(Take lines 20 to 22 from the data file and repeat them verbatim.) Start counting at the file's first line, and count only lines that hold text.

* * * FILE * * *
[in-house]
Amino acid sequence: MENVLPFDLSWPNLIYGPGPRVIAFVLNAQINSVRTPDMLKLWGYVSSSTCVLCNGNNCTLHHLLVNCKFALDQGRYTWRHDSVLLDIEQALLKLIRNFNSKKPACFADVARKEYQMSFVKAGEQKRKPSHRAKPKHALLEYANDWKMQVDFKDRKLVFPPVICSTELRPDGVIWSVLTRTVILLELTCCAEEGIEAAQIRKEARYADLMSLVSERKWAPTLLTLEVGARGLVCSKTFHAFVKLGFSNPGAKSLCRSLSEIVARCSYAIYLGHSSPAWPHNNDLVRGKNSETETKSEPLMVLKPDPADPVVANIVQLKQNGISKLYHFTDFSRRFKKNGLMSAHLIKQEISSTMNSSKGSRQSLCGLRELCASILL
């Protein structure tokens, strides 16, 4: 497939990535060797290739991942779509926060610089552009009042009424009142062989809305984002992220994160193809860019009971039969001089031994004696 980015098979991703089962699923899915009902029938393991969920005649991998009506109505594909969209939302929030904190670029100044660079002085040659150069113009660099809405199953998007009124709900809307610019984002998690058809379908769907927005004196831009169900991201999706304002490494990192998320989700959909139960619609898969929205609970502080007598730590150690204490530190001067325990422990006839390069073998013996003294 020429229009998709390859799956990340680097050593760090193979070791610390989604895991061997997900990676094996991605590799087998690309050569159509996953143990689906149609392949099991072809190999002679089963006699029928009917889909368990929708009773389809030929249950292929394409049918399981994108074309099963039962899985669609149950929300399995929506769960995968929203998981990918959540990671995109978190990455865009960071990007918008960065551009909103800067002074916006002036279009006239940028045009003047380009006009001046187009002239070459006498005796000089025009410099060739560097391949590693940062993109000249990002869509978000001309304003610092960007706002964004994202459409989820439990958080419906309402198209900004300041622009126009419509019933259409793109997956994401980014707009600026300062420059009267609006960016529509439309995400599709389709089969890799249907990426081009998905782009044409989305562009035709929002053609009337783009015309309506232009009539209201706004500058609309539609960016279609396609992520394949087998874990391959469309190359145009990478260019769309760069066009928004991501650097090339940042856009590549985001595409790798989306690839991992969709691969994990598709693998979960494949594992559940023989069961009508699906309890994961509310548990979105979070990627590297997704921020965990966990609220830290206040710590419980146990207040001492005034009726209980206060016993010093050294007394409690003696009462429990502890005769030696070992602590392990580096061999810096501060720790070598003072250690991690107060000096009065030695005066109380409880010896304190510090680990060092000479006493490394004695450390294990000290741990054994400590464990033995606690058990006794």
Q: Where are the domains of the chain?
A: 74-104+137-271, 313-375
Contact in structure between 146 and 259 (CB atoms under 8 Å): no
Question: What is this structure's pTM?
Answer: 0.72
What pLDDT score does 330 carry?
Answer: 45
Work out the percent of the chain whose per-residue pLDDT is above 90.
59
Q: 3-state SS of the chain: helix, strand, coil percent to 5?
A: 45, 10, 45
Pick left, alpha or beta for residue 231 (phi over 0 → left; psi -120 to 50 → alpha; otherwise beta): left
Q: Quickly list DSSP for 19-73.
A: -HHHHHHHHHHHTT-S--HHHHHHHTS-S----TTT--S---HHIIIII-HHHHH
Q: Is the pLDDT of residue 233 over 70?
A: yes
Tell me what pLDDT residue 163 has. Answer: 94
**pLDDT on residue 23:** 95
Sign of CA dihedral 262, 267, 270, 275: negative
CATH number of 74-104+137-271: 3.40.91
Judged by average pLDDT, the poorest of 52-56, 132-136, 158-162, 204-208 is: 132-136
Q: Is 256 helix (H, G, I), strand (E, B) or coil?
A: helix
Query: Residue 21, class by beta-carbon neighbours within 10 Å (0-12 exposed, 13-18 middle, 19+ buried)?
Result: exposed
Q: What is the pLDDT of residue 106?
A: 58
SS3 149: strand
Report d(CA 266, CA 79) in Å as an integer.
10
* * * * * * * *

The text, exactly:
Tell me what pLDDT residue 163 has. Answer: 94
**pLDDT on residue 23:** 95
Sign of CA dihedral 262, 267, 270, 275: negative